Election code of conduct finalised

ECP to go in review against the SC judgment as some of its poll-related directions are found unfeasible.

Qamar Zaman January 08, 2013
ECP to go in review against the SC judgment as some of its poll-related directions are found unfeasible. PHOTO: FILE


The election commission’s code of conduct – what is being referred to as a “sacred document” to ensure poll transparency – will be in hands of all political parties contesting the upcoming elections in a matter of days.

A parliamentary committee finalised its recommendations for the code of conduct on Monday.

“The committee has completed its recommendations on code of conduct and has decided to empower the ECP to hold free, fair and transparent elections,” said Leader of the House in the Senate and the head of the committee Senator Jahangir Badar.

The decision was taken after a marathon session of the committee on election reforms. The meeting was earlier scheduled to be held on December 31, but was rescheduled after the killing of Awami National Party leader Bashir Bilour.

The election commission had introduced a new code of conduct in September last year, which proposed a ban on the president and governors from taking part in the election campaign and disqualification of candidates who violated any aspect of the code.

Even though the committee decided to empower the election commission, political parties agreed to hold summary trial of polling staff involved in attempts to steal the mandate of a candidate.

Badar said “nobody would be allowed to win elections either by bullying and rigging or by using guns or money.” He added that punitive action has been recommended for polling officials to avoid any irregularities during elections.

“This is a message for Dr Tahirul Qadri as well,” said Badar, while inviting feedback from all stakeholders on the code of conduct.

Leader of the Opposition in Senate Mohammad Ishaq Dar of the Pakistan Muslim League-Nawaz(PML-N) said all parties represented in the Senate were part of the consultative process.

Earlier, Director General Elections Sher Afgan said it had not implemented various directions of the Supreme Court, including the provision of transport and distribution of “parchis” to voters.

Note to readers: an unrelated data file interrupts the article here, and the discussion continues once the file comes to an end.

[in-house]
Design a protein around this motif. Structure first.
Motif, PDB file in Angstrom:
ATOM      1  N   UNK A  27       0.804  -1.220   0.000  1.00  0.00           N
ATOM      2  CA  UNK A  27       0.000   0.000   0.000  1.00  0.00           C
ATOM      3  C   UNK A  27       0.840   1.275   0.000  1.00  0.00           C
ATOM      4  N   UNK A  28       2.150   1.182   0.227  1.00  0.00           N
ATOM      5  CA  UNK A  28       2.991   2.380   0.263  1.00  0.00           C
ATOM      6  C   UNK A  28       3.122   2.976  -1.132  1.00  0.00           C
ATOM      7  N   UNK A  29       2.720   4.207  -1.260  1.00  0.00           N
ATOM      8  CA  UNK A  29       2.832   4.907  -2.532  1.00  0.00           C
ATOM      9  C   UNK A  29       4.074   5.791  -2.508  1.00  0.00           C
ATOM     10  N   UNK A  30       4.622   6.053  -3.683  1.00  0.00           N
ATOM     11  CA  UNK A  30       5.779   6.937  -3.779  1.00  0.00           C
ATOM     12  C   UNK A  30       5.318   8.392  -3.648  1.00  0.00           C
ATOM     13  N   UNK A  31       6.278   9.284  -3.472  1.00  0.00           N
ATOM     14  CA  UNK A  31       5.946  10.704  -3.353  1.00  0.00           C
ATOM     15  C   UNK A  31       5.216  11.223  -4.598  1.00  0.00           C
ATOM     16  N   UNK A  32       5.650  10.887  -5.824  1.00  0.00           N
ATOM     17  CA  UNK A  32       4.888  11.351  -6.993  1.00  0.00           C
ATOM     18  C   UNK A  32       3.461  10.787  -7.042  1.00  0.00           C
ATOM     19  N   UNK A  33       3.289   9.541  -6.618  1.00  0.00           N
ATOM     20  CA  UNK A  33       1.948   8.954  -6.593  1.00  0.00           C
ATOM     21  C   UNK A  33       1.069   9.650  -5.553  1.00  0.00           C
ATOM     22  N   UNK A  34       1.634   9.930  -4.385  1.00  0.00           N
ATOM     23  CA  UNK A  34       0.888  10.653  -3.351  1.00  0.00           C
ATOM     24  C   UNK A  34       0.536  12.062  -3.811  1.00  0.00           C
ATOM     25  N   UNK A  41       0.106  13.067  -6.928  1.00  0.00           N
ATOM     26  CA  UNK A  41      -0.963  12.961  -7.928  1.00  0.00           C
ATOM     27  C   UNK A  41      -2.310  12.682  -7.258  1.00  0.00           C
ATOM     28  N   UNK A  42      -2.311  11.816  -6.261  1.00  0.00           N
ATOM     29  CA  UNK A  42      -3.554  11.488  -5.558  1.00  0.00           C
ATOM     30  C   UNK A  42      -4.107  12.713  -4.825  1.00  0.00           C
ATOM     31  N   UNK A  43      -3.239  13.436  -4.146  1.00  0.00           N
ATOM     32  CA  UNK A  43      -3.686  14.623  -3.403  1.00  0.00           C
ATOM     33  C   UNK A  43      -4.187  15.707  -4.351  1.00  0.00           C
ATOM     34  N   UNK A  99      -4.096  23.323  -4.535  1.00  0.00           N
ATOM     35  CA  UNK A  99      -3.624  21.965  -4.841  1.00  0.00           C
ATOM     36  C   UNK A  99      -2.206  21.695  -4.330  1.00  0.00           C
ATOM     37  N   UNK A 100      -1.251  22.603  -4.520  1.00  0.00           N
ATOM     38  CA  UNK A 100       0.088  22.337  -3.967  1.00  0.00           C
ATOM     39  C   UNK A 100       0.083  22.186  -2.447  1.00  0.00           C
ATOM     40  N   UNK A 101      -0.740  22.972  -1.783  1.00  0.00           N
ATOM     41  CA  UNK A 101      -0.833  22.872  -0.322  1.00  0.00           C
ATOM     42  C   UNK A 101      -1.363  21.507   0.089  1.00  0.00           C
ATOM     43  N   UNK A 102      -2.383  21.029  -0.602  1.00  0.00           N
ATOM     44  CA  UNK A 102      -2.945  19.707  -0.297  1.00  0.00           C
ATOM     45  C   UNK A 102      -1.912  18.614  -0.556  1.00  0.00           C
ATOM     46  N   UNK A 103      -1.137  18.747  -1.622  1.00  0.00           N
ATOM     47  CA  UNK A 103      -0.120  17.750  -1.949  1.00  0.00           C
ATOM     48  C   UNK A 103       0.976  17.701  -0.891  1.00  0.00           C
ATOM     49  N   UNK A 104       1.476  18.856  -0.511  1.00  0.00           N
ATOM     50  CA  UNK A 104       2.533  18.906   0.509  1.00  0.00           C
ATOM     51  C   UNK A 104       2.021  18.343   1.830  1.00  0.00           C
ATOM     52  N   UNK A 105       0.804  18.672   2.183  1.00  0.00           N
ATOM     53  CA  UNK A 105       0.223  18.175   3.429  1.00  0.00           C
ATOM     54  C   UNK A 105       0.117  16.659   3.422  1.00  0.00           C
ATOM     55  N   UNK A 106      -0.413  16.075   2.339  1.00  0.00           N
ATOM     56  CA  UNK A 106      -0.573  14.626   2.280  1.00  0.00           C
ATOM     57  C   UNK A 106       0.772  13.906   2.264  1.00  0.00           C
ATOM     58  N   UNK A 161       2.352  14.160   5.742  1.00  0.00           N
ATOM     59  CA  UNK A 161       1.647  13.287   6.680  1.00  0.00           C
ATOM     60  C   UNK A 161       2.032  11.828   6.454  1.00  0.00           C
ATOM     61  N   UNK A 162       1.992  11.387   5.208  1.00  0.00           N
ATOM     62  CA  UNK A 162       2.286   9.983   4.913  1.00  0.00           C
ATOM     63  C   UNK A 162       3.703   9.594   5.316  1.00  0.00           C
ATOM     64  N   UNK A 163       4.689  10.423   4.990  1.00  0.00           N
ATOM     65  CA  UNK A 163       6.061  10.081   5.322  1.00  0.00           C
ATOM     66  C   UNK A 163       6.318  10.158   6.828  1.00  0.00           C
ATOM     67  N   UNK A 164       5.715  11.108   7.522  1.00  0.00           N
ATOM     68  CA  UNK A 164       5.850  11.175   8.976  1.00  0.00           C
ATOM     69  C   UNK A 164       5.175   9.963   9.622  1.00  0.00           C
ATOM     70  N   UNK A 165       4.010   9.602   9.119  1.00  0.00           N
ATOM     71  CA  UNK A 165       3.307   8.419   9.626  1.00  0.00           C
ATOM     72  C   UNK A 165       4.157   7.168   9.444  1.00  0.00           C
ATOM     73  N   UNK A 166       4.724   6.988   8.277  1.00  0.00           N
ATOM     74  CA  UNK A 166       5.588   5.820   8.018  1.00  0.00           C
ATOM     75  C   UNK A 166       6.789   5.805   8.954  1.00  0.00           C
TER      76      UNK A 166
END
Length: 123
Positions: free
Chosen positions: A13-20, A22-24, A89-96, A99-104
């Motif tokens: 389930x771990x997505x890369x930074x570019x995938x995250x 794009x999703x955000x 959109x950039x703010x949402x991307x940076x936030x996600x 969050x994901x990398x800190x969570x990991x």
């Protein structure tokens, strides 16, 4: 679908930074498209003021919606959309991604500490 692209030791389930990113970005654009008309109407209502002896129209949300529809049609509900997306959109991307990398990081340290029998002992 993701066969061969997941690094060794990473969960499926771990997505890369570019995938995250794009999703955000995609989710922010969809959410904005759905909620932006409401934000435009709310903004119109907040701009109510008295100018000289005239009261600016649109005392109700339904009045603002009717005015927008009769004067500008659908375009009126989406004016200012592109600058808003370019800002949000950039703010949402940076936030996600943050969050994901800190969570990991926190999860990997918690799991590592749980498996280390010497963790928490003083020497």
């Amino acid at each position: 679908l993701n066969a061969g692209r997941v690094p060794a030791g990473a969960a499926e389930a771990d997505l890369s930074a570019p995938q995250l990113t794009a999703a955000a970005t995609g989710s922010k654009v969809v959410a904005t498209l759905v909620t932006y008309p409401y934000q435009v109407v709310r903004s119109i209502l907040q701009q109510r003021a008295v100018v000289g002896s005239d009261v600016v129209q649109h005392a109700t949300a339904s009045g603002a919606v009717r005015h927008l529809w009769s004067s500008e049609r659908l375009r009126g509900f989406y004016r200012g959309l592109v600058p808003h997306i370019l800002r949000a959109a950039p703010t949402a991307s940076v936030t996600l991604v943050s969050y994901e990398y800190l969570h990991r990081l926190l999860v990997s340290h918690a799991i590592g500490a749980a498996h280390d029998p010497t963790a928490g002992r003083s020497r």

The estimated cost for the provision of transport would be around Rs12 billion, whereas it would take another Rs400-500 million to disburse “parchis,” Afgan said. The meeting also decided that ECP would go in review against the SC judgment as some directions were not feasible.

Meanwhile, ECP Secretary Ishtiaq Ahmed Khan informed the meeting that the commission would be holding a meeting with the secretary of postal services to explore the idea of disbursing “parchis” with utility bills.

However, Senator Sughra Imam of PPP was of the opinion that it would be impossible and inappropriate to send “parchis” to voters by post.

Published in The Express Tribune, January 8th, 2013.


Islah M | 8 years ago | Reply

Having gone through the draft code, it appears certain that the code aims to lessen the burden of State law and order apparatus. The more the candidates follow the code the more peaceful these elections would be. The ECP and the special committee have done their job and it is left for the contesting candidates/political parties to adhere to the code

DevilHunterX | 8 years ago | Reply

But PPP & PML (N) have always won due to free, fair and transparent elections, according to them

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